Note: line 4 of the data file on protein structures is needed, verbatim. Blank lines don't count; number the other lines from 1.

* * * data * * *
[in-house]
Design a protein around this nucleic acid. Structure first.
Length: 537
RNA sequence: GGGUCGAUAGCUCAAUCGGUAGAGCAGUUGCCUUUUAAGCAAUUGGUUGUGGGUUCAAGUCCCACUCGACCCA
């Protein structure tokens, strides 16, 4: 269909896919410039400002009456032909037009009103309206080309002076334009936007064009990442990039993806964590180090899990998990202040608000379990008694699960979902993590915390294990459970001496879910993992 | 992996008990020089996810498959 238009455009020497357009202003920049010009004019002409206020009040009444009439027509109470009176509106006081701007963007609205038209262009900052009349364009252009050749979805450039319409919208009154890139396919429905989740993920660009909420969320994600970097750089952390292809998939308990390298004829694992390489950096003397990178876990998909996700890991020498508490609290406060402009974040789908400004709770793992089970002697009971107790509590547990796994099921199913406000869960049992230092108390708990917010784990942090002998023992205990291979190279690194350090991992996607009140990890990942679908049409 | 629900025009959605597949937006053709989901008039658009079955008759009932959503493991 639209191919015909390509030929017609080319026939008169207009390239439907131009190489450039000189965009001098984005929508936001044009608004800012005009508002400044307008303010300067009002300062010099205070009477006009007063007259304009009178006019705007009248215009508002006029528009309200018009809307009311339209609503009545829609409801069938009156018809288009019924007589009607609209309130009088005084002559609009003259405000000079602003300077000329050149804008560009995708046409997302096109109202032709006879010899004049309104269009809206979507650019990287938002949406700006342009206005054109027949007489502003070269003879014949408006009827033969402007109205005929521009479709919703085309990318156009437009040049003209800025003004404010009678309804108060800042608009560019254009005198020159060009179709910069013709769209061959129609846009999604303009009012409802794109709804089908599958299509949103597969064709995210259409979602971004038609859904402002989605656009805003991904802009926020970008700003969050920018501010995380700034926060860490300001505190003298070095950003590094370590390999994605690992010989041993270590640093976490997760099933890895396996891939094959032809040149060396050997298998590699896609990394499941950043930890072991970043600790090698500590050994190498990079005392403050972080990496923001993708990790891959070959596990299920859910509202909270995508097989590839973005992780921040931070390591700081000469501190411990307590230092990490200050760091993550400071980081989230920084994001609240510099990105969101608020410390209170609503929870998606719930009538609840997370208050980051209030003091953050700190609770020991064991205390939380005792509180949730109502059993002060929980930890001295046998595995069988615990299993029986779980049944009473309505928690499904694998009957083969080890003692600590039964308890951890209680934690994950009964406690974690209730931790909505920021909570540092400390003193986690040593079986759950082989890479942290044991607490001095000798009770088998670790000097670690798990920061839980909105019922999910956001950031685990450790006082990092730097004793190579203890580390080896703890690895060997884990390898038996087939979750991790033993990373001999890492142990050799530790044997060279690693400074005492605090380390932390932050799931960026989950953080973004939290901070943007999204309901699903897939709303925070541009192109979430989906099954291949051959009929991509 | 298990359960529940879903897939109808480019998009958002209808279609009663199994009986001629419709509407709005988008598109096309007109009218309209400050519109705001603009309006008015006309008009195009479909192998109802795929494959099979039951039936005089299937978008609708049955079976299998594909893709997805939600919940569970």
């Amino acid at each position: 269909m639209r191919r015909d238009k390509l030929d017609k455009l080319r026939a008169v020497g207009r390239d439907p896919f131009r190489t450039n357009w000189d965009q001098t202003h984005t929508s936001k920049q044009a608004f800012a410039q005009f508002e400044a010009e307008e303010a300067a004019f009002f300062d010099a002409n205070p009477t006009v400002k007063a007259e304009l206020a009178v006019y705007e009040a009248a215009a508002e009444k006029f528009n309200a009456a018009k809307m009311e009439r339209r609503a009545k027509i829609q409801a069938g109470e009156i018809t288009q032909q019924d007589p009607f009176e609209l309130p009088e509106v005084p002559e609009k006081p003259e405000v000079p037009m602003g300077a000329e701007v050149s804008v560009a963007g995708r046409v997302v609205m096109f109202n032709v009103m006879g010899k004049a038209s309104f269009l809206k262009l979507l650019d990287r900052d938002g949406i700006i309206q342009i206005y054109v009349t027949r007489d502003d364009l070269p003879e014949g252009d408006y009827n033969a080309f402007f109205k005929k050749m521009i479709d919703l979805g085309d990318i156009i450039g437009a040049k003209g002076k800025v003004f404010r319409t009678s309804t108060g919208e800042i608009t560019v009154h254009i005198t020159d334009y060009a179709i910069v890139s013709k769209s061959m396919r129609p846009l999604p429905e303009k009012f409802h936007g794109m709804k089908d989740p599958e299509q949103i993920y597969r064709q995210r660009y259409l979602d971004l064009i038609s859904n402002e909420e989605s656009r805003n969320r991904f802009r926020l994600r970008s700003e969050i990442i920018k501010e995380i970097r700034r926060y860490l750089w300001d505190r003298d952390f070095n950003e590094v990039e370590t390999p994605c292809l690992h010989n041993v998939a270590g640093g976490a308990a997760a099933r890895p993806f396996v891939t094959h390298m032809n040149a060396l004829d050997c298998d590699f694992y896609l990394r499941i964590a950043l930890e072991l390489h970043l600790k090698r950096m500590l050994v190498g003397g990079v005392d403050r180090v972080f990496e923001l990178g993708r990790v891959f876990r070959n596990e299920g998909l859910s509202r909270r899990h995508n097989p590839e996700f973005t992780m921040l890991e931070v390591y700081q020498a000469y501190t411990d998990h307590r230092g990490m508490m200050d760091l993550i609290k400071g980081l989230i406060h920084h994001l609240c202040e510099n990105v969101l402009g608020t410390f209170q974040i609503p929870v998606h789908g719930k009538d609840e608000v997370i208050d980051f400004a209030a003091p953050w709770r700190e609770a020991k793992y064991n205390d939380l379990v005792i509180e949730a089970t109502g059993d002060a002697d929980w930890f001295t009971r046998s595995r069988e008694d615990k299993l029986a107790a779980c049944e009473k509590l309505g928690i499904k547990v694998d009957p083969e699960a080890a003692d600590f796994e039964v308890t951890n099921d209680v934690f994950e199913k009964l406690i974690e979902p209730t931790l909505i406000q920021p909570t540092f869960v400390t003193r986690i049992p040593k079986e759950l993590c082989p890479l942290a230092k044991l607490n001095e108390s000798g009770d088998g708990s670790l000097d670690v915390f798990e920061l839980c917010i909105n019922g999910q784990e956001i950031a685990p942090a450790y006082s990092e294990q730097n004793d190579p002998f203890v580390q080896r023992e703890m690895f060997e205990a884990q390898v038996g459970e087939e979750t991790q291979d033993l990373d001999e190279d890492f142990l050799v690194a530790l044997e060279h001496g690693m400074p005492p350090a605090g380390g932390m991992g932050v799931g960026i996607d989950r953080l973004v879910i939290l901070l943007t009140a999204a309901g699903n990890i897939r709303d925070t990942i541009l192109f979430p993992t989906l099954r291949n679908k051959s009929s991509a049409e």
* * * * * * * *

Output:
RNA sequence: GGGUCGAUAGCUCAAUCGGUAGAGCAGUUGCCUUUUAAGCAAUUGGUUGUGGGUUCAAGUCCCACUCGACCCA